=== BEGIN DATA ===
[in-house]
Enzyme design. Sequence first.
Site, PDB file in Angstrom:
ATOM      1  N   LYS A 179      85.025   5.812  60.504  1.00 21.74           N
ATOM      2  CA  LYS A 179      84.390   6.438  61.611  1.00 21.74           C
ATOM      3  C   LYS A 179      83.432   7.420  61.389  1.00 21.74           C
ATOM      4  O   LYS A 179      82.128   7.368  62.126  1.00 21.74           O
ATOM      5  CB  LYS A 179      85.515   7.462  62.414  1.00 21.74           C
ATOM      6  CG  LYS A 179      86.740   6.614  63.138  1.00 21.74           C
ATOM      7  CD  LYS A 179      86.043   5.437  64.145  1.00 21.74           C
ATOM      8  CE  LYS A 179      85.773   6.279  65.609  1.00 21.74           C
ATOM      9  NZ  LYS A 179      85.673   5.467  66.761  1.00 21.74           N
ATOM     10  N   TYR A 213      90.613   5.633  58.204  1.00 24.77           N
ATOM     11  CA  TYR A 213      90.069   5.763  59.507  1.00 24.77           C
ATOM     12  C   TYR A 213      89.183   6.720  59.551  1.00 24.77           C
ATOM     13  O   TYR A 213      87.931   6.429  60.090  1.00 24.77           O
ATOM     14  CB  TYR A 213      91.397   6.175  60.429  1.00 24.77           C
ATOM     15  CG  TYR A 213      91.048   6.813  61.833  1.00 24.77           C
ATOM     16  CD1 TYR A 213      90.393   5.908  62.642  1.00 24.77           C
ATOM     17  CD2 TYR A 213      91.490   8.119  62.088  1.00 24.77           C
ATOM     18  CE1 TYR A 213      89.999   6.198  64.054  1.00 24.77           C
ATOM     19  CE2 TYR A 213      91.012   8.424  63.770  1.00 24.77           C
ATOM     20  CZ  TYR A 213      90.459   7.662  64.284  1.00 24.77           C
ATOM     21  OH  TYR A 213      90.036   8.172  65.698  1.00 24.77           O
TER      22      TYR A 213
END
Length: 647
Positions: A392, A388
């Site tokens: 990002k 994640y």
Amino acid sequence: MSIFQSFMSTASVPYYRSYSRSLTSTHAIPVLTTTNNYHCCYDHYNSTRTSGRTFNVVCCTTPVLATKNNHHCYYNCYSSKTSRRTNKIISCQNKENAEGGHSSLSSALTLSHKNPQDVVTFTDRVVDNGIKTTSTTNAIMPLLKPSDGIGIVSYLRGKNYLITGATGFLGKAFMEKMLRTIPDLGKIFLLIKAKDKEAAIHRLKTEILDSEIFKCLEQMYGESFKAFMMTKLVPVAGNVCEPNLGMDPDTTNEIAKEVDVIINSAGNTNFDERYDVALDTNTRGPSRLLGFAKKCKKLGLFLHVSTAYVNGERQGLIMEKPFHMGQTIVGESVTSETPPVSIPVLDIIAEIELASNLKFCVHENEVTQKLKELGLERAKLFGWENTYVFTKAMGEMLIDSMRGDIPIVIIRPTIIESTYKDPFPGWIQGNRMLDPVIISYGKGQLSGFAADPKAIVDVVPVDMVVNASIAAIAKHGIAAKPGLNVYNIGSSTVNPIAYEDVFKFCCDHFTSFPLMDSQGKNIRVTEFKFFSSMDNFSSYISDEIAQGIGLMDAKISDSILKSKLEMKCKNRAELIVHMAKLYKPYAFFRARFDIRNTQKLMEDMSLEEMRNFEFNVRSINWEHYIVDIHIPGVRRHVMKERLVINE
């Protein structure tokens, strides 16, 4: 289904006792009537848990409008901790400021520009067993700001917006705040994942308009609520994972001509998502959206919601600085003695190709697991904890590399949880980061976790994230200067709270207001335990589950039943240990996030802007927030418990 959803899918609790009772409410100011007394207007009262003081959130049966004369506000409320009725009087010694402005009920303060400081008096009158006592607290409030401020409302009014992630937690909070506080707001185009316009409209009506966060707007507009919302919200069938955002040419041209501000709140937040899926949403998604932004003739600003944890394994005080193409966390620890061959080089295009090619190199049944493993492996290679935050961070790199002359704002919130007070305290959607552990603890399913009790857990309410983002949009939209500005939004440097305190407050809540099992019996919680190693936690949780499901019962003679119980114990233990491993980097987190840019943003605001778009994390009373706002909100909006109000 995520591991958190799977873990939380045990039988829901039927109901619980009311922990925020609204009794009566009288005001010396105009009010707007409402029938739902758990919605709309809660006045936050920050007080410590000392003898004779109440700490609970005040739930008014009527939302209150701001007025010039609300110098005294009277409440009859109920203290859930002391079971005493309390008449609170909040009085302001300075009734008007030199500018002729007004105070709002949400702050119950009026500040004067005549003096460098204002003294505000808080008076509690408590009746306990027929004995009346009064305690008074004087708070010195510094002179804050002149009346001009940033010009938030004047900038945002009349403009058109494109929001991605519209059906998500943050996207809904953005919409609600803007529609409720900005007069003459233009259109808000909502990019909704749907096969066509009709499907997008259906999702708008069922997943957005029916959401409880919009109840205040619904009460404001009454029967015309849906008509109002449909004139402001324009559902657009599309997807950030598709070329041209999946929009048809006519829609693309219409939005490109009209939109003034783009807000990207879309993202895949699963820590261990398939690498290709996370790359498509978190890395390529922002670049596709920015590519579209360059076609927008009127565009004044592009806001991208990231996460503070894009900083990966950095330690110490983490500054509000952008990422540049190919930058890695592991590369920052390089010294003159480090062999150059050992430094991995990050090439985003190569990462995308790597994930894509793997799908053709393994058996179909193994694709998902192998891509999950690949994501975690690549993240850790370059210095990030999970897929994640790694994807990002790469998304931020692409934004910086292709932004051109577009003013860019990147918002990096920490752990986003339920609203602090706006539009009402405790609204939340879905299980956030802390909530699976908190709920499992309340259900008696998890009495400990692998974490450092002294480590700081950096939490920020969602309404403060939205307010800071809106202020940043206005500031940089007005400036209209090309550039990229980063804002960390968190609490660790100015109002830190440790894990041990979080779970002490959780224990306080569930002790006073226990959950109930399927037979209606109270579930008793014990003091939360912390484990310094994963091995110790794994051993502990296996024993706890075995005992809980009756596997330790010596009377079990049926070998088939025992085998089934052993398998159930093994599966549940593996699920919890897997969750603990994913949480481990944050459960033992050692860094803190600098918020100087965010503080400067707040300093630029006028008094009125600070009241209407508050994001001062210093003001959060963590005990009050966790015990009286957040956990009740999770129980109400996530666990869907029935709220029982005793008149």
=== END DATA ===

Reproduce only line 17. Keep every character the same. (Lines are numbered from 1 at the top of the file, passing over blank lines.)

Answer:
ATOM     14  CB  TYR A 213      91.397   6.175  60.429  1.00 24.77           C